ICAEW.com works better with JavaScript enabled.

The Arctic Systems case and the settlements legislation

A collection of resources focused on the Jones v Garnett (Inspector of Taxes) tax case, also known as the Arctic Systems case.

What's on this page?

  • Case background
  • Online articles
  • Useful links
  • Articles and books from the Library

Contact the Library

Expert help for your enquiries and research.

E  library@icaew.com

T  +44 (0)20 7920 8620

The case

HMRC had argued that a business carried on by a husband who then allowed his wife to take a substantial percentage of the profits through dividends would constitute a "settlement" for the purposes of section 660A Income and Corporation Taxes Act 1988 (latterly section 619 onwards of the Income Tax (Trading and Other Income) Act 2005).

The case made its way through the Special Commissioners, the High Court and the Court of Appeal before reaching the House of Lords in June 2007. In their judgement of July 2007 the Law Lords concluded that there had been a settlement but that it fell within the spousal gift exemption, thereby rejecting the final appeal from HMRC.

HMRC subsequently won other cases involving husband and wife businesses with income splitting arrangements where the situations were not identical to the Arctic systems case.

This page is no longer updated but any new articles or books on the settlements legislation and income splitting will be listed in our catalogue (see the links at the bottom of this page).

Online articles

The Library provides access to leading business, finance and management journals. These journals are available to logged-in ICAEW members, ACA students and other entitled users subject to suppliers' terms of use.

Splitting image

Questions whether income-splitting creates a settlement of income from one person to another, with reference to the Arctic Systems Case.

Jones v Garnett: it's not over yet

Looks at the Arctic Systems case, where the firm's owners were pursued by HMRC over taxes on dividends they claimed as income.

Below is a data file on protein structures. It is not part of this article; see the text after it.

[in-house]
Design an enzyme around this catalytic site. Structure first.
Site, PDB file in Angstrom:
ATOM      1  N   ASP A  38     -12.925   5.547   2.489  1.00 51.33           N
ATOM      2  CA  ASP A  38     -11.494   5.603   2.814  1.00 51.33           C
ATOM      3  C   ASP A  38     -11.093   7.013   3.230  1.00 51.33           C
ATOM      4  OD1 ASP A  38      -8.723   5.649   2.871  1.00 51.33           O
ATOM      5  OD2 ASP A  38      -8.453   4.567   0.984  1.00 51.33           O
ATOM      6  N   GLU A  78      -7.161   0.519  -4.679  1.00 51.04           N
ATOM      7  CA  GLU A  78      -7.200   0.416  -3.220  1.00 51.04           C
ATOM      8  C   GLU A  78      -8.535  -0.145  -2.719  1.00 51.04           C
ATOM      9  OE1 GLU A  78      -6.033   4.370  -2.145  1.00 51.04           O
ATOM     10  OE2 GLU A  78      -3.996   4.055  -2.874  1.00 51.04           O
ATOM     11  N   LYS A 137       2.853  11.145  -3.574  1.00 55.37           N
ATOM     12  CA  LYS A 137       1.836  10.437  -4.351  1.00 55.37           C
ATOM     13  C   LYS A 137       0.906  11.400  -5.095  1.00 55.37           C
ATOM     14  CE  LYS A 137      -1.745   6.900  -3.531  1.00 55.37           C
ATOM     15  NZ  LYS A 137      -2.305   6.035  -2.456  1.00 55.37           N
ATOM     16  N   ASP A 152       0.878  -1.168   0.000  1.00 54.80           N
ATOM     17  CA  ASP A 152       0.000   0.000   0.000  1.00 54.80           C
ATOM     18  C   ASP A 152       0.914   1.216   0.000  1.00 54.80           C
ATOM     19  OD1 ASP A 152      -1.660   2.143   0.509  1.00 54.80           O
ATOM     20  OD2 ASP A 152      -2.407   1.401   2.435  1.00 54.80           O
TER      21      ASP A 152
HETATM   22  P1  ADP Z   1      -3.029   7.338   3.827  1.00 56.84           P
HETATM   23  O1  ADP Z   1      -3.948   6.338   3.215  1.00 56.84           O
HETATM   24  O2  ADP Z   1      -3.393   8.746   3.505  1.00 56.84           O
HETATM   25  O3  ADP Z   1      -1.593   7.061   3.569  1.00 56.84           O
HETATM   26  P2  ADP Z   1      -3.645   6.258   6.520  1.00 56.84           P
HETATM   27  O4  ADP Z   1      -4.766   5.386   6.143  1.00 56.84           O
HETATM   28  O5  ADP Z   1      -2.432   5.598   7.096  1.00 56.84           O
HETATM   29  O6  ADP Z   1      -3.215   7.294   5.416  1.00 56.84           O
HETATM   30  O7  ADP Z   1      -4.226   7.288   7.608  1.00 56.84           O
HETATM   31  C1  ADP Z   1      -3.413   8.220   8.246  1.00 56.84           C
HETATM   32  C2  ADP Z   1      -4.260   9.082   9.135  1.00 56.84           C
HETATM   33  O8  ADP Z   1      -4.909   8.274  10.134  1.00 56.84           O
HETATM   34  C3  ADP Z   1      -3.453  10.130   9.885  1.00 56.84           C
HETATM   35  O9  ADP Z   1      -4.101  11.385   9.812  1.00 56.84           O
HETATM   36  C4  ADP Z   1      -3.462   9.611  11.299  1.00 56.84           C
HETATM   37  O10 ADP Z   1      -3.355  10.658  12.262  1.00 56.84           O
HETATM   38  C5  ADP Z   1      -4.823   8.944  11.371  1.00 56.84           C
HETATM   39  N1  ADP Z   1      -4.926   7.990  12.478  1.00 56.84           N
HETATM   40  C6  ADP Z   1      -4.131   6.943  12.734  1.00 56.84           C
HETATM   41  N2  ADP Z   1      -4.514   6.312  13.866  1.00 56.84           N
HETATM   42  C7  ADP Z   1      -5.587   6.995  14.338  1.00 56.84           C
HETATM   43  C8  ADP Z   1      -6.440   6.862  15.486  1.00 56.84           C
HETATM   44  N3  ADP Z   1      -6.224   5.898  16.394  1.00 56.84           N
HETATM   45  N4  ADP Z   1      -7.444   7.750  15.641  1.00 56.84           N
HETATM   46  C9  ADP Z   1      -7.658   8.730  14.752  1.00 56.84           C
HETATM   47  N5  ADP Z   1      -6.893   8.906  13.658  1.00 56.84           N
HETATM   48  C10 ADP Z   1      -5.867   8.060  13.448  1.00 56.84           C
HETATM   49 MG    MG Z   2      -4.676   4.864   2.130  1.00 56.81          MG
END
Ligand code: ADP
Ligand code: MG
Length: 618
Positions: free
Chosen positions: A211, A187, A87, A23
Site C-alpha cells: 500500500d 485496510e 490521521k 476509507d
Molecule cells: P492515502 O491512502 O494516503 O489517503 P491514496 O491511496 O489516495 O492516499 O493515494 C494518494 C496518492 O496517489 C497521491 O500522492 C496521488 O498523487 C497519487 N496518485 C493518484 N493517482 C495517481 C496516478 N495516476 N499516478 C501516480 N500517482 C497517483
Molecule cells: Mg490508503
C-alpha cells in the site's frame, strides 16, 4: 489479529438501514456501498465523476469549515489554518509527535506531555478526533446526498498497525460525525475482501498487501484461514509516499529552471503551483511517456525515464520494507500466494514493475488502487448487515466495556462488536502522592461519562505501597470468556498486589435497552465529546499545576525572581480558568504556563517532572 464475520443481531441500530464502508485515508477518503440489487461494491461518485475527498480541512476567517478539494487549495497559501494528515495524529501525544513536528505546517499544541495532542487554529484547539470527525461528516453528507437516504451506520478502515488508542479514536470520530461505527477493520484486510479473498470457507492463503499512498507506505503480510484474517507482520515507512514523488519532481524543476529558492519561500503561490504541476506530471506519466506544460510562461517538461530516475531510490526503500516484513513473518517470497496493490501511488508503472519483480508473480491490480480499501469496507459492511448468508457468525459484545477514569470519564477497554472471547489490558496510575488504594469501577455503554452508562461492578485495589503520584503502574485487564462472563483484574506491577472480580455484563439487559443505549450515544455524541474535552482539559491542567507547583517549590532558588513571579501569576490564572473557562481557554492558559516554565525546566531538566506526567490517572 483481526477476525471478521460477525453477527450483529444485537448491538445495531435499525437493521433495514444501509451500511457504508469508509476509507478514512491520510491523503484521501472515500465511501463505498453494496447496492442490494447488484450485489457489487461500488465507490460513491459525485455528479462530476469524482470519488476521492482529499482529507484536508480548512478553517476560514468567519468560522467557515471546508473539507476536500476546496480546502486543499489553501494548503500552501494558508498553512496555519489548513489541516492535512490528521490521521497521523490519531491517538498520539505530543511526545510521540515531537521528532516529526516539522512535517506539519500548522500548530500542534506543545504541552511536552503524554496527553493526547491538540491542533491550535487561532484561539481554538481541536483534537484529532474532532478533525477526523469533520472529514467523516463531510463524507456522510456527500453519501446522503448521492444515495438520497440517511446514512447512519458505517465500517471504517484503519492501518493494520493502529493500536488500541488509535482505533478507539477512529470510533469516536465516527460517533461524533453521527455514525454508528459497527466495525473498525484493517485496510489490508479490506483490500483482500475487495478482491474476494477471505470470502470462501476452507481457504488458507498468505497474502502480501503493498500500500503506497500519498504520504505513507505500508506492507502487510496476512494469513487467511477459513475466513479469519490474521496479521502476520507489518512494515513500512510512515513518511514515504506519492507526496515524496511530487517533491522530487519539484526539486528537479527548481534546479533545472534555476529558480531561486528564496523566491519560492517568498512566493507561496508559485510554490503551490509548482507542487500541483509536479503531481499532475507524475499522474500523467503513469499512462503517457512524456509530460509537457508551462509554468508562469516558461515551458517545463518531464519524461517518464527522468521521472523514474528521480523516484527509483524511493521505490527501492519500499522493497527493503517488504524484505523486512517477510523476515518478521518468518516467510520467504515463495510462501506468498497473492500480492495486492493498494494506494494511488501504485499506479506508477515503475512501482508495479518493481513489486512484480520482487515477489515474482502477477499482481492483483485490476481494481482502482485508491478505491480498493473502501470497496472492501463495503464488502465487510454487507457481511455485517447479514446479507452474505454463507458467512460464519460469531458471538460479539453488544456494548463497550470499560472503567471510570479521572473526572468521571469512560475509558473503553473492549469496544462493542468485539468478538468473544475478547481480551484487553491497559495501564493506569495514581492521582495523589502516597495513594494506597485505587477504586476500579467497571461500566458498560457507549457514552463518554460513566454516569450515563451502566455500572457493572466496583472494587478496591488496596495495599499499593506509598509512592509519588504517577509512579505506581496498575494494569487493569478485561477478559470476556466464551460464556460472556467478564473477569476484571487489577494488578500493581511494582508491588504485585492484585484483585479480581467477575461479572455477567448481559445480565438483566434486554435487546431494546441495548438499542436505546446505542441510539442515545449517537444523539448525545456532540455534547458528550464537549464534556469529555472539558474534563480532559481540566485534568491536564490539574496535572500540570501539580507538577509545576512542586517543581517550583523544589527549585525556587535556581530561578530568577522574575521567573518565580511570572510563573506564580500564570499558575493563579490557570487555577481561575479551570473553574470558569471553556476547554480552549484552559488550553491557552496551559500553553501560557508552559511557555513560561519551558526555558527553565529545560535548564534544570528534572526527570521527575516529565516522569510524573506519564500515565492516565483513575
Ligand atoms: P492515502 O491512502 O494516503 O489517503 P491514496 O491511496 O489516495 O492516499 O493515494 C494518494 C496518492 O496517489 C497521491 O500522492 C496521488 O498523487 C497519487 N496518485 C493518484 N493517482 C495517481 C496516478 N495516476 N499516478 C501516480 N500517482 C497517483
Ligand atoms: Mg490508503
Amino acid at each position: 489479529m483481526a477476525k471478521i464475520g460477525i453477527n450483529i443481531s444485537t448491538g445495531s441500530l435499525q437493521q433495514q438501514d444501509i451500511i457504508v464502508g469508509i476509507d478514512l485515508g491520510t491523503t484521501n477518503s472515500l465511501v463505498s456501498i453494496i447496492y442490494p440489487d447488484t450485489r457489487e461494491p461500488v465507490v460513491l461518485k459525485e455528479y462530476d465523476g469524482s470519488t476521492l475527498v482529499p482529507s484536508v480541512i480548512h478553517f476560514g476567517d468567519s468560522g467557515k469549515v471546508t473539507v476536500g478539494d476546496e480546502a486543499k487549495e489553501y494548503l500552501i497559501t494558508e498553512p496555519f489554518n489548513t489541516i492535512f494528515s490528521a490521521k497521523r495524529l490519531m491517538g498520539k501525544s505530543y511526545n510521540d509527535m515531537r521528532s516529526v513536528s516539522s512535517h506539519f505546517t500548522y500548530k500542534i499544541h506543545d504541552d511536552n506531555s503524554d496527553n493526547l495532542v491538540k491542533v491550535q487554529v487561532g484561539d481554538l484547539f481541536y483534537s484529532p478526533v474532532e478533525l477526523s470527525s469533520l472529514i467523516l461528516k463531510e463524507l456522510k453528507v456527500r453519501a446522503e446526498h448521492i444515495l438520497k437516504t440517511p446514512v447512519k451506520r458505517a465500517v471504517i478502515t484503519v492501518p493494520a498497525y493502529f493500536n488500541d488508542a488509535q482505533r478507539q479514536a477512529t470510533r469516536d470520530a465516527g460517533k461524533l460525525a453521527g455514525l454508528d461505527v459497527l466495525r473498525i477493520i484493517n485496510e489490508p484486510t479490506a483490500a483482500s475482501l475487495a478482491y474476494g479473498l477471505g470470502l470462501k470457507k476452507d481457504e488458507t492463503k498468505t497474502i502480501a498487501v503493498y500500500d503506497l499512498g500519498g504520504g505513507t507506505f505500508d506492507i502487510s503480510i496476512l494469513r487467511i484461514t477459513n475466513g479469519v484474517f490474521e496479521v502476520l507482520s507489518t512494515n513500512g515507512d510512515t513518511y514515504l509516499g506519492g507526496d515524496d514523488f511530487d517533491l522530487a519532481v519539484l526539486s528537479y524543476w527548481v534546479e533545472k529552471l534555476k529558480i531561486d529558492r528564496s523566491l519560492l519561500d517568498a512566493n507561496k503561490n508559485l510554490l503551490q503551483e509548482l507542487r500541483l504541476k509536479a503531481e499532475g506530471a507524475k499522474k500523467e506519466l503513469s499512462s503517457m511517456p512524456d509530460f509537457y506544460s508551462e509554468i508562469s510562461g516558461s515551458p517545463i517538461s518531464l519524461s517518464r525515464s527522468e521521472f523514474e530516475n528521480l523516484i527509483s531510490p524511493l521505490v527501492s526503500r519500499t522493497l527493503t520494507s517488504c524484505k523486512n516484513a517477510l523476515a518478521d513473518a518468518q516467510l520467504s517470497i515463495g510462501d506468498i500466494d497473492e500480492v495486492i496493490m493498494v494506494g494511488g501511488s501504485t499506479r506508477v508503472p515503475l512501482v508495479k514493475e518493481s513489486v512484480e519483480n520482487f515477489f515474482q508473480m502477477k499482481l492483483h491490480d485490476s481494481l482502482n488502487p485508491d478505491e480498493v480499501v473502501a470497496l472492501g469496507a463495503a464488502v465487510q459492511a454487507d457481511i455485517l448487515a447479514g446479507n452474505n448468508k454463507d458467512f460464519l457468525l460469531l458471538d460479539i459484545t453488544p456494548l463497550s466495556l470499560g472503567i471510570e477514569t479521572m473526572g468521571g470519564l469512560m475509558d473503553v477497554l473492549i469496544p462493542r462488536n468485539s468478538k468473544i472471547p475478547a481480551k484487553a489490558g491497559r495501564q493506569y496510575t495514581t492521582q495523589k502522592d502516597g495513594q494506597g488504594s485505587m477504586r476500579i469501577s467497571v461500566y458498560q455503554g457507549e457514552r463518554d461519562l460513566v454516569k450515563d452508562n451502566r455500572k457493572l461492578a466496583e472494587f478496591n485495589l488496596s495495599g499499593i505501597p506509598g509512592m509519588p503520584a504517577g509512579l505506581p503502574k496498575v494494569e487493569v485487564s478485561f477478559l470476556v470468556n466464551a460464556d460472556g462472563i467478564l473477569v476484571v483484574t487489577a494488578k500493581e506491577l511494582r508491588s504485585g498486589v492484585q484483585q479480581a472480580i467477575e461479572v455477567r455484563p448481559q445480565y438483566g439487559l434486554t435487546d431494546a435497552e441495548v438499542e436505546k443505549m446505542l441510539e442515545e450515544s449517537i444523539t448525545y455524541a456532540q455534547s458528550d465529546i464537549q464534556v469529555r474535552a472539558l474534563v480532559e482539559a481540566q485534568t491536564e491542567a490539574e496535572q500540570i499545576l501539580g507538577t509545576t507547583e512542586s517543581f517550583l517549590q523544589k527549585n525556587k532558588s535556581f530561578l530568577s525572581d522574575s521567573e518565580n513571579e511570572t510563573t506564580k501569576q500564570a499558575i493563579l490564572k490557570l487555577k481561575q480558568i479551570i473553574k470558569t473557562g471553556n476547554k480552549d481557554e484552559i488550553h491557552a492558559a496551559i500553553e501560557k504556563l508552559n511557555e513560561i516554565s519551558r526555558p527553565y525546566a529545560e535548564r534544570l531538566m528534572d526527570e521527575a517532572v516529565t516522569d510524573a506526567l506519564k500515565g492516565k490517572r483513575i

Me & Mrs Jones

Discusses the outcome of Jones v. Garnett (the Arctic Systems case) and its implications for the taxation of dividends.

Showing 3 of 4 items

Useful links

The final judgement and analysis

Jones (Respondent) v. Garnett (Her Majesty's Inspector of Taxes) (Appellant)
Full text of the House of Lords judgement ([2007] UKHL 35) in the Arctic Systems Case, as published on 25 July 2007.

Jones v Garnett : Overview of the final judgement
Article from July 2007 looking at the decision in the Arctic Systems case and a number of additional points. Requires registration.

The Settlements Legislation
This issue of ICAEW's Tax Practice from December 2007 discusses the settlements legislation and the view of HMRC. It considers the earlier decisions in Jones v Garnett before focusing on the House of Lords judgement in this case. It then discusses the November 2007 HMRC guidance in this area and what a tax accountant can and should do in light of new developments. More in-depth discussion of the earlier decisions in the Arctic Systems case can be found in TAXline Tax Practice No 14.

Earlier judgements

The full text of the earlier judgements are available from the British and Irish Legal Information Institute (BAILII).

Court of Appeal
Jones v HM Inspector of Taxes [2005] EWCA Civ 1553 (15 December 2005)

High Court
Jones v Michael Vincent Garnett (HM Inspector of Taxes) [2005] EWHC 849 (Ch) (27 April 2005)

Special Commissioners
Jones v HM Inspector of Taxes [2004] UKSC SPC00432 (28 September 2004)

Articles and books in the Library collection

To find out how you can borrow books from the Library please see our guide to book loans.

You can obtain copies of articles or extracts of books and reports by post, fax or email through our document supply service.

Can't find what you are looking for?

If you're having trouble finding the information you need, ask the Library & Information Service. Contact us by telephone on +44 (0)20 7920 8620, by web chat or by email at library@icaew.com.

ICAEW accepts no responsibility for the content on any site to which a hypertext link from this site exists. The links are provided ‘as is’ with no warranty, express or implied, for the information provided within them. Please see the full copyright and disclaimer notice.